This work has to develop to the highest degree the art of citing without quotation marks. Its theory is intimately related to that of montage.

Method of this project: literary montage. I needn’t say anything. Merely show. I shall purloin no valuables, appropriate no ingenious formulations. But the rags, the refuse – these I will not inventory but allow, in the only way possible, to come into their own: by making use of them.

These two short notes are Benjamin’s expression of the parataxic approach to the study of the past he was engaging in and of its role in his work.  Benjamin was not content to assemble this material and set it side-by-side-by-side rather this was the staring point in his efforts to discern something far greater and far more important; the ‘dialectical images’ or ‘constellations’ to which he constantly refers (not just in The Arcades Project but elsewhere – the Theses on the Philosophy of History for instance) and which The Arcades Project seems to be intended to enable the creation of.  The ‘dialectical image’ is part of Benjamin’s attempt to seize ‘the thread of expression’ [N1a,6] of society and of the study of society [N1a,7] so that we can come to understand both and the connection between them.  This anthropological concern with the past and, simultaneously, with the study of it is what makes The Arcades Project so interesting methodologically.
The Arcades Project is the very parataxic assemblage that Benjamin allows to ‘merely show’ his ‘dialectical images’ (suggesting that the Exposes are Benjamin’s expressions of the dialectical images resulting from this work and thus its most important part rather than ephemera)  and getting to grips with these ‘dialectical images’ is an essential part of reading The Arcades Project as it is they that we ought to be looking to generate in our own analyses.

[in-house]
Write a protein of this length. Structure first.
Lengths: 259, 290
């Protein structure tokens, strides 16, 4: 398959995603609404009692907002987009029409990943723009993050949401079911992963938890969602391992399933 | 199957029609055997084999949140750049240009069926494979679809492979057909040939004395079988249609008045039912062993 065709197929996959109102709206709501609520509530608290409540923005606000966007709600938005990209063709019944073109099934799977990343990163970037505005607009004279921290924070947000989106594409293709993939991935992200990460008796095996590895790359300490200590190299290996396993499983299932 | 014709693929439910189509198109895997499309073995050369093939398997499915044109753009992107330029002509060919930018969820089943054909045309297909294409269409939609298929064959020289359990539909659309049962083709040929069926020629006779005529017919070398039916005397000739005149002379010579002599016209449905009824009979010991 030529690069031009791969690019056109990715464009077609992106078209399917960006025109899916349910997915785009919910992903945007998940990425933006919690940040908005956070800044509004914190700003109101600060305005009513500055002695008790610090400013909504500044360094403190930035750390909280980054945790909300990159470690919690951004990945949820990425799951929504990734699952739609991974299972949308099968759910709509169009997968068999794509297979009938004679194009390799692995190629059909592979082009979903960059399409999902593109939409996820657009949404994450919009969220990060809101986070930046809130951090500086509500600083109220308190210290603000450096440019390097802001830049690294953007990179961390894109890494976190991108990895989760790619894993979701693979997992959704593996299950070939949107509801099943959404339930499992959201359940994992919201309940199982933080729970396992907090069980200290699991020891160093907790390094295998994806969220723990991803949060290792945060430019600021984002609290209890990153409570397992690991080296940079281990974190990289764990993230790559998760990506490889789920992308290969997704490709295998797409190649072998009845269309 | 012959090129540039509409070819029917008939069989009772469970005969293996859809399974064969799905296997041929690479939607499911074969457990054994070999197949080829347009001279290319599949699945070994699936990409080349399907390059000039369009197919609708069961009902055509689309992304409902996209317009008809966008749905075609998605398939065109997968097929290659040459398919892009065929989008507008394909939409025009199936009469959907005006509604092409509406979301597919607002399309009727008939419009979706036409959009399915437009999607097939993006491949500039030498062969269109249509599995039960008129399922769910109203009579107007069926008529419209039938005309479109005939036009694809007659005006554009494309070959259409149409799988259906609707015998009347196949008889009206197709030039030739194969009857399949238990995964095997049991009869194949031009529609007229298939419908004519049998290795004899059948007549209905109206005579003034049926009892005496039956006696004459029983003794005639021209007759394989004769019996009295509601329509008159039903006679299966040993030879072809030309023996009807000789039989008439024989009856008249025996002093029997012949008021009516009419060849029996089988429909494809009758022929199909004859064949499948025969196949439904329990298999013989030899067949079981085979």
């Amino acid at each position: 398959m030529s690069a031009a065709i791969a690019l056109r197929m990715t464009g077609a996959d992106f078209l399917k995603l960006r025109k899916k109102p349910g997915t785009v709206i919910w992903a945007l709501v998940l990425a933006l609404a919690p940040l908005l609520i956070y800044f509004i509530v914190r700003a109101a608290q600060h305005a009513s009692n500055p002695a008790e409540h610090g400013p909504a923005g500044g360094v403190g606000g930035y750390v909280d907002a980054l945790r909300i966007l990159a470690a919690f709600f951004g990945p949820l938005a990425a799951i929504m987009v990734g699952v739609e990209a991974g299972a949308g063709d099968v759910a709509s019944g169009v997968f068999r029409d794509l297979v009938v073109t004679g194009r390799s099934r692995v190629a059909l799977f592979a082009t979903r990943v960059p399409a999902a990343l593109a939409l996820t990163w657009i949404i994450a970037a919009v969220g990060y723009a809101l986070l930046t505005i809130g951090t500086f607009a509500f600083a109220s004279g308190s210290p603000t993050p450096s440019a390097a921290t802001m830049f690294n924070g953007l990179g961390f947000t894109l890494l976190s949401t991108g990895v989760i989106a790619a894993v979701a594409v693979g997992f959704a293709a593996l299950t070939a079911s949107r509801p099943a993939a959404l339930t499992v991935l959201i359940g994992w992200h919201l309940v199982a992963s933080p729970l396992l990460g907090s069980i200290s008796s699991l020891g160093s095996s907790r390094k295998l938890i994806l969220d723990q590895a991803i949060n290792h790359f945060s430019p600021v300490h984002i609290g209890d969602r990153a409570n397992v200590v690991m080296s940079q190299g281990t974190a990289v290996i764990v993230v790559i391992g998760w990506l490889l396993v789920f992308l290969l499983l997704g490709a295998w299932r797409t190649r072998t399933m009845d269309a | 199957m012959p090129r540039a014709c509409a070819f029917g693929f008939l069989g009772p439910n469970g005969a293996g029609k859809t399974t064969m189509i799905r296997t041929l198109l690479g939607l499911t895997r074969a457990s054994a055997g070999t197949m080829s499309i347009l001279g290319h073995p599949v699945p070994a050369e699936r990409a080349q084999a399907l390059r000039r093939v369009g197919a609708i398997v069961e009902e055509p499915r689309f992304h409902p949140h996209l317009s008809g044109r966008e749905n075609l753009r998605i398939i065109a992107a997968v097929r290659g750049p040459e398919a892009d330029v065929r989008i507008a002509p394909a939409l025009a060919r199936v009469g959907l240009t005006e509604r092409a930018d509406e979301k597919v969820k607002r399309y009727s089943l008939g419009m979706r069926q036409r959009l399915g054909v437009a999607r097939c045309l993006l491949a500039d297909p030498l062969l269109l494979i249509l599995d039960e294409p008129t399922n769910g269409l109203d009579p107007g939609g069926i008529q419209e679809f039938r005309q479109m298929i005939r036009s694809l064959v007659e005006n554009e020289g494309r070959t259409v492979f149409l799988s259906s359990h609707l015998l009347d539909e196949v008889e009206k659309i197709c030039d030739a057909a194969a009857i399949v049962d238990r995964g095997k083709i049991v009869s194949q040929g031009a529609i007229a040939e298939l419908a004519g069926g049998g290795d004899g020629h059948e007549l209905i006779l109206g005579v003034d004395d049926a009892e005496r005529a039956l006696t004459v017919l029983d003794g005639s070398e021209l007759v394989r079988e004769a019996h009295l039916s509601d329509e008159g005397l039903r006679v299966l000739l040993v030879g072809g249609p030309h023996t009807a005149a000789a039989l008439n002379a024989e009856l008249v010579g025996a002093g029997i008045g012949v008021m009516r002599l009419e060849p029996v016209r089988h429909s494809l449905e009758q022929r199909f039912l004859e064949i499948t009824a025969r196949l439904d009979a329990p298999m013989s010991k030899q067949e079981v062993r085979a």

It’s not that  what is past casts its light on what is present, or what is present its light on what is past; rather, image is that wherein what has been comes together in a flash with the now to form a constellation.  In other words, images is dialectics at a standstill.  For a while the relation of the present to the past is a purely temporal, continuous one, the relation of what-has-been to the now is dialectical: is not progression but image, suddenly emergent.-Only dialectical images are genuine images (that is, not archaic); and the place where one encounters them is language.   {Awakening}

The final indication of this note – that dialectical images are encountered in language – directs our attention to discourse and its role in our studies and its presence in the objects of our study.  It also indicates the great difficulty we are faced with.  We must realise and understand the discourses we are enmeshed with before we can hope to bring the what-has-been in to imagistic contact with them (establish a ‘heightened graphicness’ for history) and thus establish the dialectical images that Benjamin took to be the starting point of genuine analysis.

Collecting the elements of the montage – establishing the paratxic framework of the what-has-been (practicing history if you like) – is merely time consuming it will be bringing ‘dialectics to a standstill’ that will be difficult.

It is good to give materialist investigations a truncated ending.